In recent years, anti aging hormone therapy has become one of the newest treatments for patients looking to unveil healthier, younger-looking skin and bodies. However, many medical professionals have speculated that the use of even naturally occurring hormones could have unintended consequences on a person’s overall health — particularly testosterone as it affects cardiovascular health.
Now, a new study reports that not only is there no convincing evidence linking cardiovascular risk with testosterone treatments, but there may be a beneficial relationship between the hormone therapy and cardiovascular health.
Testosterone therapy has been used as a medical treatment for conditions for centuries. To disprove claims of its risk level, a team of researchers from various institutions and fields, including Dr. Abraham Morgentaler of the division of urology at Beth Israel Deaconess Medical Center in Boston, reviewed literature published between 1940 and 2014. The articles on question focused on testosterone and cardiovascular risks, based on a MEDLINE search, and the research team looked specifically for keywords like “testosterone,” “androgens,” “human,” “males,” “cardiovascular,” “stroke,” “cerebrovascular accident,” “myocardial infarction,” “heart attack,” “death” and “mortality.” As a result, the literature collected included two recent studies, which had raised new concerns about cardiovascular health and testosterone therapy.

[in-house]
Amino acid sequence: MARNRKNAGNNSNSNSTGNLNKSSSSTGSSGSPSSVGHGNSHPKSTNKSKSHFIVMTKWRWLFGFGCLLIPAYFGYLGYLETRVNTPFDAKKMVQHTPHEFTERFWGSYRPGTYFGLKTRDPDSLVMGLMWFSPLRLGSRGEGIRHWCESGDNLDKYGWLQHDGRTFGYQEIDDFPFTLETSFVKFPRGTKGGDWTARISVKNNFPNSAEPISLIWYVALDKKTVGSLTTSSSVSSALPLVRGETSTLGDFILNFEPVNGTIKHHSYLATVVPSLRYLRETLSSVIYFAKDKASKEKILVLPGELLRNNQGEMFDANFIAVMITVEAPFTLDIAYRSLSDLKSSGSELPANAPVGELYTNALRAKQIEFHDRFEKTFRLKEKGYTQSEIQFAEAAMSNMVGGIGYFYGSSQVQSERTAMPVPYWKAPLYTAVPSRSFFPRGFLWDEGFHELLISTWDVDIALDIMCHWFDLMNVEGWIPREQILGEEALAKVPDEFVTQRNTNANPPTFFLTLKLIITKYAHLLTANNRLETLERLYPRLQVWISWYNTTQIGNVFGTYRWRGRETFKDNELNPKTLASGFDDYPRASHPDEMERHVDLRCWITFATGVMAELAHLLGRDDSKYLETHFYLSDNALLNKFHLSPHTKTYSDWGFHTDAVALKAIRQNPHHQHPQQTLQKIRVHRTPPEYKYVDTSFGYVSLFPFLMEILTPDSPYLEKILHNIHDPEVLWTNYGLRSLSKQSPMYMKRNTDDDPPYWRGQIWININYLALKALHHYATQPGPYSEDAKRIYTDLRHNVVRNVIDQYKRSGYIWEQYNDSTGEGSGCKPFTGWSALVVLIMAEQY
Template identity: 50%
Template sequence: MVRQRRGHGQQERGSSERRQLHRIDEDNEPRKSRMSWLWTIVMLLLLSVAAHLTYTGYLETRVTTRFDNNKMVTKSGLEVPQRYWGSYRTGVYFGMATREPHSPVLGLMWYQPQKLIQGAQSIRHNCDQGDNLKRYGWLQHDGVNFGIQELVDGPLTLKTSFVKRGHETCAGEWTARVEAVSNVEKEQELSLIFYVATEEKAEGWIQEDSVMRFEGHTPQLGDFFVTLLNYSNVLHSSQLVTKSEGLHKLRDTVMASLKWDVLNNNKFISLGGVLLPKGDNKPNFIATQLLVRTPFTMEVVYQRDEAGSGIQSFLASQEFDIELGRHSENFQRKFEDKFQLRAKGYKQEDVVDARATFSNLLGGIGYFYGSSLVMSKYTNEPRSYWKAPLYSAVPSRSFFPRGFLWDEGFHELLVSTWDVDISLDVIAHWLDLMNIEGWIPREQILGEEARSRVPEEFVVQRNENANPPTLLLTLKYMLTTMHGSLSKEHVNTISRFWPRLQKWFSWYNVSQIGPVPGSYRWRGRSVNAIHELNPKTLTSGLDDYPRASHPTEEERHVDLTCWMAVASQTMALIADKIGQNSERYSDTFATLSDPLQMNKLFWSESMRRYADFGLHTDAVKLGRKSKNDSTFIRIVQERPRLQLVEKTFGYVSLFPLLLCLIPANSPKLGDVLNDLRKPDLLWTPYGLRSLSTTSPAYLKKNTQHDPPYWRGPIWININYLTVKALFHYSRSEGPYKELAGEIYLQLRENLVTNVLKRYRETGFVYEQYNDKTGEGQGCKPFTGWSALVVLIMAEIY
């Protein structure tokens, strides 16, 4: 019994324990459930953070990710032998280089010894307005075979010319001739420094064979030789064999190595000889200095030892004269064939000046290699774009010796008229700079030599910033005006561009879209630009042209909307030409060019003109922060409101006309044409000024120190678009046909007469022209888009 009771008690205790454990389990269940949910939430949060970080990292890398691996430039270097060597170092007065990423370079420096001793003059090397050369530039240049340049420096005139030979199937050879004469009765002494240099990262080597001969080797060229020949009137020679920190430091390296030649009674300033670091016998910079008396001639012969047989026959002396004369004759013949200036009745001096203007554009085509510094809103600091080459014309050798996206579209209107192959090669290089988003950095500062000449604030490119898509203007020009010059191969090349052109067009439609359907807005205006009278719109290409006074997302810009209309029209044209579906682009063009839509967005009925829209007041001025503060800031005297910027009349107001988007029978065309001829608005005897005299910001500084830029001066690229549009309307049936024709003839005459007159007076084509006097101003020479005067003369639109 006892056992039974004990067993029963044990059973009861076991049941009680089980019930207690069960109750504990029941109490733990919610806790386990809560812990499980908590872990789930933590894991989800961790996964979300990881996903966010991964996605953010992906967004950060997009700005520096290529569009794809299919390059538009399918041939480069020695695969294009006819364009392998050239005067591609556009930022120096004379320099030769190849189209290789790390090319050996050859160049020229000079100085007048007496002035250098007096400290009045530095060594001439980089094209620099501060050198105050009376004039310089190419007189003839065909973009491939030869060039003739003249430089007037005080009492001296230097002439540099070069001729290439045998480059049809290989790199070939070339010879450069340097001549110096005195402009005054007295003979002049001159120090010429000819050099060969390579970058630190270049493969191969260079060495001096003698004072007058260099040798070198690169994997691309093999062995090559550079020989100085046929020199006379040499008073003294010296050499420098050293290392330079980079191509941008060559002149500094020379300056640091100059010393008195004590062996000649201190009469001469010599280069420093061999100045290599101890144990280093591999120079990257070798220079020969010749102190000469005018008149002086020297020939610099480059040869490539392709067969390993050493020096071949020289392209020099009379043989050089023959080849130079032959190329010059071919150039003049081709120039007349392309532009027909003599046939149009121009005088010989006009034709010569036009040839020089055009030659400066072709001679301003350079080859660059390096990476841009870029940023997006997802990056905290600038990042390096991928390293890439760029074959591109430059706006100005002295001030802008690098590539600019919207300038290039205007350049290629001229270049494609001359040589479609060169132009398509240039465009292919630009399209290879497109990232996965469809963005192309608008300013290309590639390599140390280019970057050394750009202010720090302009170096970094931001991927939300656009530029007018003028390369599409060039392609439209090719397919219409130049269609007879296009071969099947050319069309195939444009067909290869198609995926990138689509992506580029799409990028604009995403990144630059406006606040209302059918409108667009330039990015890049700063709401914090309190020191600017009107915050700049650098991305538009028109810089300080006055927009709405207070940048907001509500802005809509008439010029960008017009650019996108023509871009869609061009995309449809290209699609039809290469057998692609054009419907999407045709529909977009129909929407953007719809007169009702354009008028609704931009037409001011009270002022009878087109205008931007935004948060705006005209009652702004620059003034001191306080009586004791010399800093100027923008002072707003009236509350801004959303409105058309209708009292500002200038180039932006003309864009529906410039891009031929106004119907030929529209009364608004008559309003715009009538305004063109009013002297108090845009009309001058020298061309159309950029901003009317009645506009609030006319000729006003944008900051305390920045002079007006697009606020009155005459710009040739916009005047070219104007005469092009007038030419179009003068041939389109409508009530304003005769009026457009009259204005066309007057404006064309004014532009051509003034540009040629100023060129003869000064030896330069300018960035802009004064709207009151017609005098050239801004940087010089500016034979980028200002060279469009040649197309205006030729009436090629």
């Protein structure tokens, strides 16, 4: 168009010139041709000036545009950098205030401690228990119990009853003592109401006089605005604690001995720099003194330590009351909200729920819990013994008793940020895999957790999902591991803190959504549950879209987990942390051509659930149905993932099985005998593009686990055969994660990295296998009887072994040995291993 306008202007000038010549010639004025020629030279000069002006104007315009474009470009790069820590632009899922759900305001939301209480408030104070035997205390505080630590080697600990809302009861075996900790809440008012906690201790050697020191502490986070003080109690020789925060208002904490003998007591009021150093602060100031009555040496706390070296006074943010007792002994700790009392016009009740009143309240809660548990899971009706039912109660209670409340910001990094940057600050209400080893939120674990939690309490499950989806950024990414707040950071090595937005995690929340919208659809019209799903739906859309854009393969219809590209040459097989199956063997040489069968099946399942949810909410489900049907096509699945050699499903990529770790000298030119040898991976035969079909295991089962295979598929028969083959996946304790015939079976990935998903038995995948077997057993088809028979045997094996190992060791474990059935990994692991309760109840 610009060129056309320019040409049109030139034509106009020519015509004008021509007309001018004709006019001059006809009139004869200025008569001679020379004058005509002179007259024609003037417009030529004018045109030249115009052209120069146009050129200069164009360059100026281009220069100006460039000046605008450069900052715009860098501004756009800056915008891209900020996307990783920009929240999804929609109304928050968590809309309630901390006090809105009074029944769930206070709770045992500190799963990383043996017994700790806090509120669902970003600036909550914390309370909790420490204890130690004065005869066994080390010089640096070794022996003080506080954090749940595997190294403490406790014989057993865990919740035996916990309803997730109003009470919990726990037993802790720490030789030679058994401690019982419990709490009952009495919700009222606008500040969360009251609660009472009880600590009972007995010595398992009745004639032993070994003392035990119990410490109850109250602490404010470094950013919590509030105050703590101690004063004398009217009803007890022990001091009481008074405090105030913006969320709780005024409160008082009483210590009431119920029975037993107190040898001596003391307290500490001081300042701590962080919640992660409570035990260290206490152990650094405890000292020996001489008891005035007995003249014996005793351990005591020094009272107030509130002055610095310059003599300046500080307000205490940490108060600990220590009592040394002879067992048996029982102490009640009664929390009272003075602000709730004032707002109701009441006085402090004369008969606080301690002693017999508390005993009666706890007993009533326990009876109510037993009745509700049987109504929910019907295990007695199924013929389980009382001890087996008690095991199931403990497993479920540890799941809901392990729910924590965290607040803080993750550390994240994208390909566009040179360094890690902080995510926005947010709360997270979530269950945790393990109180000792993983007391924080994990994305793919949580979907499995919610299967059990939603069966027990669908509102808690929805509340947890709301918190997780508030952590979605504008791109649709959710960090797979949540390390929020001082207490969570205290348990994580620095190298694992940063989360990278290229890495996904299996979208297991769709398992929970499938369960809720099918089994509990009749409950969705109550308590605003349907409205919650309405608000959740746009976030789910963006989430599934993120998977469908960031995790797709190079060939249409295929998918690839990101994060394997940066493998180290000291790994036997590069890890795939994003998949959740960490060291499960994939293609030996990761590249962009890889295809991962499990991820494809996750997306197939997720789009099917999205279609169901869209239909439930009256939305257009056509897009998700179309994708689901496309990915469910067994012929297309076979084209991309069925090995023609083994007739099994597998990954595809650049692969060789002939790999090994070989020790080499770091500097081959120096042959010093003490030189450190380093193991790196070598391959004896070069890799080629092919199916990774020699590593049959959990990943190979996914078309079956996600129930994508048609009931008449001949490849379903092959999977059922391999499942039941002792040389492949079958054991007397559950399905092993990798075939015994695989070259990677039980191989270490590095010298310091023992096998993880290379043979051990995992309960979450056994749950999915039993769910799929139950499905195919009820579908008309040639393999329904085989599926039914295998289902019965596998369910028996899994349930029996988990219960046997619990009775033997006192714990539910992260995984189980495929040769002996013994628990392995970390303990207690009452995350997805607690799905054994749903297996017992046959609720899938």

According to a review published in Mayo clinic Proceedings, the researchers then evaluated the weight and direction of the data before assigning a level of evidence (LOE). Four articles reportedly pointed to elevated cardiovascular risk; however, the research team stated that two were retrospective analyses with serious limitations, one was a placebo-controlled trial with few major adverse cardiac events, and one was a meta-analysis with questionable studies and events.
In contrast, several dozen articles the team perused described a beneficial effect of normal testosterone levels on cardiovascular risks, such as coronary artery disease and high cholesterol, and mortality. Death and incident coronary artery disease were inversely connected with doses of testosterone, as was the severity of coronary artery disease. Instead, testosterone therapy was associated with reduced obesity, fat mass and waist circumference, as well as improved glycemic control.
Additionally, the researchers found several randomized controlled trials involving men with coronary artery disease or heart failure. These trials reported improved health with testosterone when compared to a placebo, leading to no increased risk of cardiovascular risk and a reduced risk in those with metabolic disease. Moreover, two other retrospective studies showed a reduced mortality rate with testosterone therapy, while two observational studies found twice as many deaths among men with low testosterone who did not receive treatment when compared to those who did.
So far, proponents of hormone therapy have reacted positively to the report in Mayo Clinic Proceedings.
Testosterone therapy has been linked to an increased sex drive, higher energy levels and better bone mineral density, among other benefits. The researchers also say that new data has suggested that the treatment may improve insulin sensitivity and reduce blood glucose and glycated hemoglobin (HbA1c) levels in men with type 2 diabetes or obesity.
Morgentaler called the report a reason to question studies that make significant claims, but present weak evidence and ignore a vast amount of prior data. However, his report in Mayo Clinic Proceedings contained the disclosure that Morgentaler has various financial ties to a variety of pharmaceutical companies, including AbbVie, Bayer, Clarus Therapeutics, Lipocine, Pfizer and TesoRx. Other researchers also reported relationships with these and other companies.